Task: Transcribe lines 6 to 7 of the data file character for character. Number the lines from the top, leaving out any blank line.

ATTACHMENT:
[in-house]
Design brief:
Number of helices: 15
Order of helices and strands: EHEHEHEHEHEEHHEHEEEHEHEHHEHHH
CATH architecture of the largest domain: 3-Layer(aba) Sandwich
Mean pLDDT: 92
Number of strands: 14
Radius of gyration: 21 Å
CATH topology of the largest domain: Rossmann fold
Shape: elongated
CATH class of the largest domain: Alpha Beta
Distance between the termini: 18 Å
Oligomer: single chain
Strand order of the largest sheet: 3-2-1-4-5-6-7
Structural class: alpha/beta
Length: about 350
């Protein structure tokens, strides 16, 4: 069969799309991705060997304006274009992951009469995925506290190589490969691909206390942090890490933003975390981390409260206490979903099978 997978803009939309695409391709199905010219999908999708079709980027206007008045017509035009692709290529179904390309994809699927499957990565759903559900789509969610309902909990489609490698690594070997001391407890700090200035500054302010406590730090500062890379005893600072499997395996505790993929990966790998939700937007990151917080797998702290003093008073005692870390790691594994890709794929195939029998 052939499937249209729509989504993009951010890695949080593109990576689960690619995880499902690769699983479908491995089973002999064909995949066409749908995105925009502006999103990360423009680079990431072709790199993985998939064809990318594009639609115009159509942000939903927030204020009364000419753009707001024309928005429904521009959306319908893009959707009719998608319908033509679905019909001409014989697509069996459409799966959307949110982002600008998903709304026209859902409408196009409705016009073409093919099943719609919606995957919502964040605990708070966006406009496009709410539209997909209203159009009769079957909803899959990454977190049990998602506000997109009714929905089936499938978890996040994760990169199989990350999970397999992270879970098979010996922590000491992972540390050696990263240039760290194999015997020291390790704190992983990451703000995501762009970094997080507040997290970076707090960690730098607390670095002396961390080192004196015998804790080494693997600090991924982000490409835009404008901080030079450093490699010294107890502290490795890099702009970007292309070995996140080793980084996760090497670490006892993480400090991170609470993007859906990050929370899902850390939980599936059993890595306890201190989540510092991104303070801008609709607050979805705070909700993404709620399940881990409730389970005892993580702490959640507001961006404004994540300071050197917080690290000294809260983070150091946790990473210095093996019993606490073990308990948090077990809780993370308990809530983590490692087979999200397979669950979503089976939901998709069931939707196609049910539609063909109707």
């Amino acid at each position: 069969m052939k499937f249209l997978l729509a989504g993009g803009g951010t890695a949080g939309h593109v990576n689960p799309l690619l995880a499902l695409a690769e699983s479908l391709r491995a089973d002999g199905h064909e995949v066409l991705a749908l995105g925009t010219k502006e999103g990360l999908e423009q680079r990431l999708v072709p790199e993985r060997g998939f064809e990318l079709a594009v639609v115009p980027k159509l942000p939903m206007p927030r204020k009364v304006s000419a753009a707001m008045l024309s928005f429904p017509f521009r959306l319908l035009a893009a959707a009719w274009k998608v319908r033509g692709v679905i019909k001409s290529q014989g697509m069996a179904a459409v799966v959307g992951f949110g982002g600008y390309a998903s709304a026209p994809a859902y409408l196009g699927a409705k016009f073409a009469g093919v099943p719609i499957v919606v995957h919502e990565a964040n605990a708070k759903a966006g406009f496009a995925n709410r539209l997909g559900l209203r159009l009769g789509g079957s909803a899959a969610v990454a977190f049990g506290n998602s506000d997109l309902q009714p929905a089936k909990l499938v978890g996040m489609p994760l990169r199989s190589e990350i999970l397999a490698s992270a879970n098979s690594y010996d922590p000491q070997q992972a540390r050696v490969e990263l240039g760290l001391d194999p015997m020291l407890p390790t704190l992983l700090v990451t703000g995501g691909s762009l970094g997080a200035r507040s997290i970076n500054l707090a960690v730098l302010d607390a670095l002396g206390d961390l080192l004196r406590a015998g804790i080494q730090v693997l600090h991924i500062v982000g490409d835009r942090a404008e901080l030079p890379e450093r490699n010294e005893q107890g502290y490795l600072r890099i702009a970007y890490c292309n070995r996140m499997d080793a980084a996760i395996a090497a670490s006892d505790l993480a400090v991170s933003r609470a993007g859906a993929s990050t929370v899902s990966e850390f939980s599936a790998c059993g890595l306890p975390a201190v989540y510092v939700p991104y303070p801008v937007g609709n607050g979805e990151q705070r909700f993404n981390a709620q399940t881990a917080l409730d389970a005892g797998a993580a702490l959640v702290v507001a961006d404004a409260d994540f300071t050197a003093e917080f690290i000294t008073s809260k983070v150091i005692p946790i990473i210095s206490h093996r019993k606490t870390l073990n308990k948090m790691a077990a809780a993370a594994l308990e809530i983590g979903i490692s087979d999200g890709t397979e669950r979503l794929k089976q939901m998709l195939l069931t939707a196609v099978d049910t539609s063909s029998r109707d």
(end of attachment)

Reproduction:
Mean pLDDT: 92
Number of strands: 14